There is no mention of any reports or inspections by the Inspectors or by the ICC himself into how well or how badly the Code of Practice is being adhered to regarding electronic information protected by encryption.
Mobile phones in Prisons
It is interesting to see that the ICC and his inspectors seem to have finally taken our suggestion regarding illegal Mobile Phones in Prisons, made in previous years, that whilst they are inspecting the procedures for Interception and Communications Data analysis in Prisons, something which technically they have no power to do under the RIPA, but which they have been asked to do by successive Home Secretaries.
4.12 The inspections have also revealed that an alarming number of Category B local prisons appear to have a very limited capacity to monitor prisoners who pose a real threat to good order and security and this is a cause for concern. The smuggling of drugs and illicit mobile telephones are serious problems for most prisons, irrespective of their security status, and if a serious incident were to occur, which could have been prevented through the gathering of intercept intelligence, then prison managers and staff could find themselves in an indefensible position. Regrettably on occasions my Inspectors still have to emphasise this point in a number their reports.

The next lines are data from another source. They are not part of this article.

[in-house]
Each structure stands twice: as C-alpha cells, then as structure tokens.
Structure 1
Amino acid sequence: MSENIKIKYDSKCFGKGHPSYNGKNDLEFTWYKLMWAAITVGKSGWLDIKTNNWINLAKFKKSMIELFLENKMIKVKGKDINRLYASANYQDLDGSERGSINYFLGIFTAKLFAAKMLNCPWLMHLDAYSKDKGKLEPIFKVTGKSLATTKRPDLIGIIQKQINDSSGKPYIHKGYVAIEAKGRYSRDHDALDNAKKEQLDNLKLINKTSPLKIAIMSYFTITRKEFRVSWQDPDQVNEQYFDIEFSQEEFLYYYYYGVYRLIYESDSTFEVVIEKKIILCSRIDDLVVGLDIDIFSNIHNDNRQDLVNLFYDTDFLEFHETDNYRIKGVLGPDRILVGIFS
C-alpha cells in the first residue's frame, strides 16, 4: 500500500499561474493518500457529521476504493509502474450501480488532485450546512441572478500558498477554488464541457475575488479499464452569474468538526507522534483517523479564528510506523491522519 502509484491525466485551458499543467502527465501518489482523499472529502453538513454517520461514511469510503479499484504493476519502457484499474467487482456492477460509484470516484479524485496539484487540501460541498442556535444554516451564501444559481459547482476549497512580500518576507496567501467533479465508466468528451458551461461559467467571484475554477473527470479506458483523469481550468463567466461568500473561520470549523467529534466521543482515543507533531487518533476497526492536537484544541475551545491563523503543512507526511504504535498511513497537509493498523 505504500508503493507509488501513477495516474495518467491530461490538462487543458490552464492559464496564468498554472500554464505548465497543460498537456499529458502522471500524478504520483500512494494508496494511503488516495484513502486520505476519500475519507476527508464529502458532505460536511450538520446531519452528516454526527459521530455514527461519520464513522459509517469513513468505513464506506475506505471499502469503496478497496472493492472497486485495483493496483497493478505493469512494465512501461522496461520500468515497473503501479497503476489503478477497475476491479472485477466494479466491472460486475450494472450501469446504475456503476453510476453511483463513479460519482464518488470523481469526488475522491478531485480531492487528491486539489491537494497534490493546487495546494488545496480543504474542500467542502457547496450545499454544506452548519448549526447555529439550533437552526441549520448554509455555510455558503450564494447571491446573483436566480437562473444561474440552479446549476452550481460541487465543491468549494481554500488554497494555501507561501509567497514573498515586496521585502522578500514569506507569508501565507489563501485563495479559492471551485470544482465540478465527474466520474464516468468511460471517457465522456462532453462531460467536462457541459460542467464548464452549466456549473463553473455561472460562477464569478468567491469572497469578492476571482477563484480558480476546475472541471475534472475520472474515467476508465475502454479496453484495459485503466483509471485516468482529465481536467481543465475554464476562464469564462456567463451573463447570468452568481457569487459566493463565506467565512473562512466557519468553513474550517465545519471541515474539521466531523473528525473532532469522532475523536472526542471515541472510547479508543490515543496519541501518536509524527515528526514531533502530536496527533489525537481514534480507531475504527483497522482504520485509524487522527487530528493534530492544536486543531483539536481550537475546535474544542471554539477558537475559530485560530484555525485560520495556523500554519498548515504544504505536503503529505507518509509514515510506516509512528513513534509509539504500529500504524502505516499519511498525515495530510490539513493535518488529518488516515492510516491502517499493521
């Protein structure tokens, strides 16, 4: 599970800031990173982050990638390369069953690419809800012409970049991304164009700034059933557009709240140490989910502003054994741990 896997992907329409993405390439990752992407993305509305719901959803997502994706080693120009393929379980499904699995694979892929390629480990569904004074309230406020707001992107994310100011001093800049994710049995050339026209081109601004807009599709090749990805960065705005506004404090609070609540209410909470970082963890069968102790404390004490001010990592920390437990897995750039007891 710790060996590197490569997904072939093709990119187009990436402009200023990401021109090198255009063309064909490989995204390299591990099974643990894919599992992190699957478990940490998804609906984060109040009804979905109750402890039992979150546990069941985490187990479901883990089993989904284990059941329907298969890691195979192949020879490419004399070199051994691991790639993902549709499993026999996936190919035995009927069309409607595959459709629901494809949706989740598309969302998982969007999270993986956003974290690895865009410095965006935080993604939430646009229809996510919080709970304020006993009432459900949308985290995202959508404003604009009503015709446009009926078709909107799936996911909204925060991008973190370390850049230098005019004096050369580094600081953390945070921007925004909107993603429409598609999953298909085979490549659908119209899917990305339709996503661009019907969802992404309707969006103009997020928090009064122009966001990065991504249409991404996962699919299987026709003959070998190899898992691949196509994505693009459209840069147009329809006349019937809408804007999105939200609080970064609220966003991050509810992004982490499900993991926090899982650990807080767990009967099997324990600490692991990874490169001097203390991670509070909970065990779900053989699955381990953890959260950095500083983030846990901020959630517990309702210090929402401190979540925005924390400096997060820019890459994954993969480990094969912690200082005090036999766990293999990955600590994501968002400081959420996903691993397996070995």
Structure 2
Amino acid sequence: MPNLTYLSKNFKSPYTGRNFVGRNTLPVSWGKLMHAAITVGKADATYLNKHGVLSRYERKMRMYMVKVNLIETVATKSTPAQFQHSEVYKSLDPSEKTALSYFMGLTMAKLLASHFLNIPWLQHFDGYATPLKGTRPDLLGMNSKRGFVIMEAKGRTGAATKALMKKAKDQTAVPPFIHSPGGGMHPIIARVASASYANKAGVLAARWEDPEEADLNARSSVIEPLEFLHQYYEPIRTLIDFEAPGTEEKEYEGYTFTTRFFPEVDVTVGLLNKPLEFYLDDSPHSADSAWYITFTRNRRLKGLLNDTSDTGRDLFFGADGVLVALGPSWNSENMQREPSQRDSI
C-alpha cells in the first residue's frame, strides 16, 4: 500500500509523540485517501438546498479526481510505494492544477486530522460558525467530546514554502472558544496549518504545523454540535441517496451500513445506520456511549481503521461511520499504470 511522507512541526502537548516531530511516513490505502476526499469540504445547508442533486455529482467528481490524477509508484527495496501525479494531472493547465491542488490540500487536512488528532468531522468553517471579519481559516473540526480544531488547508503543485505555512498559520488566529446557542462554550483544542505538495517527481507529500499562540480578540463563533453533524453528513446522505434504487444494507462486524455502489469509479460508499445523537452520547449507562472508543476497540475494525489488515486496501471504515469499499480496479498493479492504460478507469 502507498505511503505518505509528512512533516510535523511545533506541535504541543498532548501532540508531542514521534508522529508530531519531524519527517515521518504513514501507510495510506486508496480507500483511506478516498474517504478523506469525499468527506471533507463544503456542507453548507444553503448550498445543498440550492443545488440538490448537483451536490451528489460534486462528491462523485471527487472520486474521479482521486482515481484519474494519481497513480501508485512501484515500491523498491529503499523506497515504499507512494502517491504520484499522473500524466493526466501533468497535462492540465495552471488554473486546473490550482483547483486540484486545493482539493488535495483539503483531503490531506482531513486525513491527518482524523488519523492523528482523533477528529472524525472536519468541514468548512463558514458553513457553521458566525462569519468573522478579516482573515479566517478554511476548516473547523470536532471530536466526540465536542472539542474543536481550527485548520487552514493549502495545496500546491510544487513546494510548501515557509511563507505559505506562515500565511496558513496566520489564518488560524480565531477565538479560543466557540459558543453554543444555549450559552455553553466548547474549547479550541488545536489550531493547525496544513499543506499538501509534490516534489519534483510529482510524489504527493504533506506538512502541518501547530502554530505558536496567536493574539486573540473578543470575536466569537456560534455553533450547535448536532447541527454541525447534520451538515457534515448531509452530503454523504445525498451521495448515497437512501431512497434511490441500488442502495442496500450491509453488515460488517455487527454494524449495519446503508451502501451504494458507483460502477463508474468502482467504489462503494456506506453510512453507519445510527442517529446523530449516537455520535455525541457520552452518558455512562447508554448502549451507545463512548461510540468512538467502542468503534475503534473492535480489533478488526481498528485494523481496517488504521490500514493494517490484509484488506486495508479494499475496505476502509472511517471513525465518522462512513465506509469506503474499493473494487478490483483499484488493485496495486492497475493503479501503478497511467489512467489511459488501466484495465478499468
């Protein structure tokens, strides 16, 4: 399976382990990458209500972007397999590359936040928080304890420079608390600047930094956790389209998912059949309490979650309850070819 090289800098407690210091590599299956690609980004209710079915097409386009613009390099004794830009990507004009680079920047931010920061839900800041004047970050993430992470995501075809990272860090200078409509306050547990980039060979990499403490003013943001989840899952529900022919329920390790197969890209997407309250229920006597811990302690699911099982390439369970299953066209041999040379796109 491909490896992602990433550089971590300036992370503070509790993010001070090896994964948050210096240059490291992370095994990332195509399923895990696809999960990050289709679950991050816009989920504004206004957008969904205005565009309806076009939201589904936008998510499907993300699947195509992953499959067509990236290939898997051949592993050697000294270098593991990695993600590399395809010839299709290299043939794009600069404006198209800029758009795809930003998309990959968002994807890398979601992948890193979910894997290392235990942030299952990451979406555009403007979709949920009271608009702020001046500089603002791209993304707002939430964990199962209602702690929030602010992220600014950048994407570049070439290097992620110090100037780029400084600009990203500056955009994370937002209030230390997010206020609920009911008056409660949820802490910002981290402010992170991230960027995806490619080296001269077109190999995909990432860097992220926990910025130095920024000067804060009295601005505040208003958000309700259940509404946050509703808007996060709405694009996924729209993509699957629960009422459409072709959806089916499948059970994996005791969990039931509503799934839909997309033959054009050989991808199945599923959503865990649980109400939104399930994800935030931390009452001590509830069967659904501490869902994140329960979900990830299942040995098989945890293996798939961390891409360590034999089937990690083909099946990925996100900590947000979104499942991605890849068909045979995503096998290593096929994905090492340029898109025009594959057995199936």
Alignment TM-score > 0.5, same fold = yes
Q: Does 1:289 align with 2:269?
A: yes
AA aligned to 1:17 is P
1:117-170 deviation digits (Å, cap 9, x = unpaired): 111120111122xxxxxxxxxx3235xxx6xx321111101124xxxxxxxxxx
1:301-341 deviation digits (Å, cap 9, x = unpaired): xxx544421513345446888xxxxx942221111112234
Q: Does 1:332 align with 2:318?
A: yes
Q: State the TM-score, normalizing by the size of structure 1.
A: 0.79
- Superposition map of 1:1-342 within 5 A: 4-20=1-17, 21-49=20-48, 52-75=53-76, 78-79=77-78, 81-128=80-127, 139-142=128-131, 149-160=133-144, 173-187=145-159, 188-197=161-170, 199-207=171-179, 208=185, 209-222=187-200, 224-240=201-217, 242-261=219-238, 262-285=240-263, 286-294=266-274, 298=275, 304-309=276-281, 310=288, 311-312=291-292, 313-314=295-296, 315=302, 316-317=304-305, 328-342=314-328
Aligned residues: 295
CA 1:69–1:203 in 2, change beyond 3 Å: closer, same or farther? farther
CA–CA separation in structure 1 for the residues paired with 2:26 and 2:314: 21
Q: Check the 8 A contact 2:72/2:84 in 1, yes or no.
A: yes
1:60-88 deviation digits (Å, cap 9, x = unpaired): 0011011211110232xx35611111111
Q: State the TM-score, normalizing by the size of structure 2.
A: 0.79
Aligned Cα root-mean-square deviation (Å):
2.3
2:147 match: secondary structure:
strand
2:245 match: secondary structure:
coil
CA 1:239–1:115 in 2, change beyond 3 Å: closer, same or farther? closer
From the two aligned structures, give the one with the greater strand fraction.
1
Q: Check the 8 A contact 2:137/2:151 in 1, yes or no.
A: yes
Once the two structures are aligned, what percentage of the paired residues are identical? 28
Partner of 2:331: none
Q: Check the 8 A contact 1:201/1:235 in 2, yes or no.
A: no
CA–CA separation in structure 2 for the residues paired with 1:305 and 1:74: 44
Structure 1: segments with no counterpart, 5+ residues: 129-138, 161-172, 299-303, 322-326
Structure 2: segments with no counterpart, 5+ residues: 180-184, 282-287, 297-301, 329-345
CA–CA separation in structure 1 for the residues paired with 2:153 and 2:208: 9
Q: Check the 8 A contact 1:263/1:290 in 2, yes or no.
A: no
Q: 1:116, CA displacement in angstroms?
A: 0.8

4.13 The Category B local prisons, which were inspected during the reporting period, were asked to provide details of the numbers of illicit mobile telephones and associated equipment that had been seized in a six month period. Statistics from 25 prisons were collated and these revealed that 1,456 mobile telephones and 797 SIM cards were seized. Under the Offender Management Act 2007 and Prison Order 1100 dated 26 March, 2008 it is now a criminal offence to convey a mobile telephone or a component part of this equipment into a prison without the authorisation of the Governor and 11 of the prisons were making use of this legislation. However, the availability of such a large number of illicit telephones in the prison system is a serious cause for concern because prisoners can also use them to access the Internet.